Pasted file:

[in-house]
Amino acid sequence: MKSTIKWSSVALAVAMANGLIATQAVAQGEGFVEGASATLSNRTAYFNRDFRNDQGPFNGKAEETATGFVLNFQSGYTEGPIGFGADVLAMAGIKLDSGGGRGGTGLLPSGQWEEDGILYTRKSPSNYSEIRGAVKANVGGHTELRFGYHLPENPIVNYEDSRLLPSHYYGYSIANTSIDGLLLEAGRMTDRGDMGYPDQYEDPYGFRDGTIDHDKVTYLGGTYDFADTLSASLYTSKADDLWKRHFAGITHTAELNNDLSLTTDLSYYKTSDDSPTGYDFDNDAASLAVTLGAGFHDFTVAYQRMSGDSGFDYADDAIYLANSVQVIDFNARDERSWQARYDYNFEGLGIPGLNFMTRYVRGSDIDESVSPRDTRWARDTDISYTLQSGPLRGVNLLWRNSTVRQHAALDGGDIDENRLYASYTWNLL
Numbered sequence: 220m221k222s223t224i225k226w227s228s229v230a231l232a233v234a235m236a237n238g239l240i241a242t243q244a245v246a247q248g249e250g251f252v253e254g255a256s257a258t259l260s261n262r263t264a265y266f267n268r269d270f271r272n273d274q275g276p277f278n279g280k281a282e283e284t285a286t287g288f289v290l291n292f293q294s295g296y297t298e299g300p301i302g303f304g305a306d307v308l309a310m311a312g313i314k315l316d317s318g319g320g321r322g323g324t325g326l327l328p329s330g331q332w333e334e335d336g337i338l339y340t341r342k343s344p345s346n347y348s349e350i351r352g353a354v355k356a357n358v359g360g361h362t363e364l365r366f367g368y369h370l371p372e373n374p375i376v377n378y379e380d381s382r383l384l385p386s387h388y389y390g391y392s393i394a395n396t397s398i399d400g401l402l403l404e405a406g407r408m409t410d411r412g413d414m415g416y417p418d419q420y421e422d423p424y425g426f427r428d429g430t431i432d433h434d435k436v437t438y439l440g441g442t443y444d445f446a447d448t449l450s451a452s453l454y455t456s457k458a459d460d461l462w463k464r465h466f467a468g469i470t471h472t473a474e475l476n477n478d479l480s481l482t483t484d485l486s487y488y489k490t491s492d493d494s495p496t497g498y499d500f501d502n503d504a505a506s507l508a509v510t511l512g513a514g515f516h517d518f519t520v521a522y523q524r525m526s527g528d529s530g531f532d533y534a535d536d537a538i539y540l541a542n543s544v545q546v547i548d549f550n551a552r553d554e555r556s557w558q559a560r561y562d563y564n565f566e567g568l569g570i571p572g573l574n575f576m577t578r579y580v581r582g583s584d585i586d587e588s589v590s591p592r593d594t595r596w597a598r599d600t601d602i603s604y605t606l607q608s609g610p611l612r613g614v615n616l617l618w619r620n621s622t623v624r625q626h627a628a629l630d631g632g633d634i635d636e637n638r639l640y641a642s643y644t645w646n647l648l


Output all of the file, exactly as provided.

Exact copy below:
[in-house]
Amino acid sequence: MKSTIKWSSVALAVAMANGLIATQAVAQGEGFVEGASATLSNRTAYFNRDFRNDQGPFNGKAEETATGFVLNFQSGYTEGPIGFGADVLAMAGIKLDSGGGRGGTGLLPSGQWEEDGILYTRKSPSNYSEIRGAVKANVGGHTELRFGYHLPENPIVNYEDSRLLPSHYYGYSIANTSIDGLLLEAGRMTDRGDMGYPDQYEDPYGFRDGTIDHDKVTYLGGTYDFADTLSASLYTSKADDLWKRHFAGITHTAELNNDLSLTTDLSYYKTSDDSPTGYDFDNDAASLAVTLGAGFHDFTVAYQRMSGDSGFDYADDAIYLANSVQVIDFNARDERSWQARYDYNFEGLGIPGLNFMTRYVRGSDIDESVSPRDTRWARDTDISYTLQSGPLRGVNLLWRNSTVRQHAALDGGDIDENRLYASYTWNLL
Numbered sequence: 220m221k222s223t224i225k226w227s228s229v230a231l232a233v234a235m236a237n238g239l240i241a242t243q244a245v246a247q248g249e250g251f252v253e254g255a256s257a258t259l260s261n262r263t264a265y266f267n268r269d270f271r272n273d274q275g276p277f278n279g280k281a282e283e284t285a286t287g288f289v290l291n292f293q294s295g296y297t298e299g300p301i302g303f304g305a306d307v308l309a310m311a312g313i314k315l316d317s318g319g320g321r322g323g324t325g326l327l328p329s330g331q332w333e334e335d336g337i338l339y340t341r342k343s344p345s346n347y348s349e350i351r352g353a354v355k356a357n358v359g360g361h362t363e364l365r366f367g368y369h370l371p372e373n374p375i376v377n378y379e380d381s382r383l384l385p386s387h388y389y390g391y392s393i394a395n396t397s398i399d400g401l402l403l404e405a406g407r408m409t410d411r412g413d414m415g416y417p418d419q420y421e422d423p424y425g426f427r428d429g430t431i432d433h434d435k436v437t438y439l440g441g442t443y444d445f446a447d448t449l450s451a452s453l454y455t456s457k458a459d460d461l462w463k464r465h466f467a468g469i470t471h472t473a474e475l476n477n478d479l480s481l482t483t484d485l486s487y488y489k490t491s492d493d494s495p496t497g498y499d500f501d502n503d504a505a506s507l508a509v510t511l512g513a514g515f516h517d518f519t520v521a522y523q524r525m526s527g528d529s530g531f532d533y534a535d536d537a538i539y540l541a542n543s544v545q546v547i548d549f550n551a552r553d554e555r556s557w558q559a560r561y562d563y564n565f566e567g568l569g570i571p572g573l574n575f576m577t578r579y580v581r582g583s584d585i586d587e588s589v590s591p592r593d594t595r596w597a598r599d600t601d602i603s604y605t606l607q608s609g610p611l612r613g614v615n616l617l618w619r620n621s622t623v624r625q626h627a628a629l630d631g632g633d634i635d636e637n638r639l640y641a642s643y644t645w646n647l648l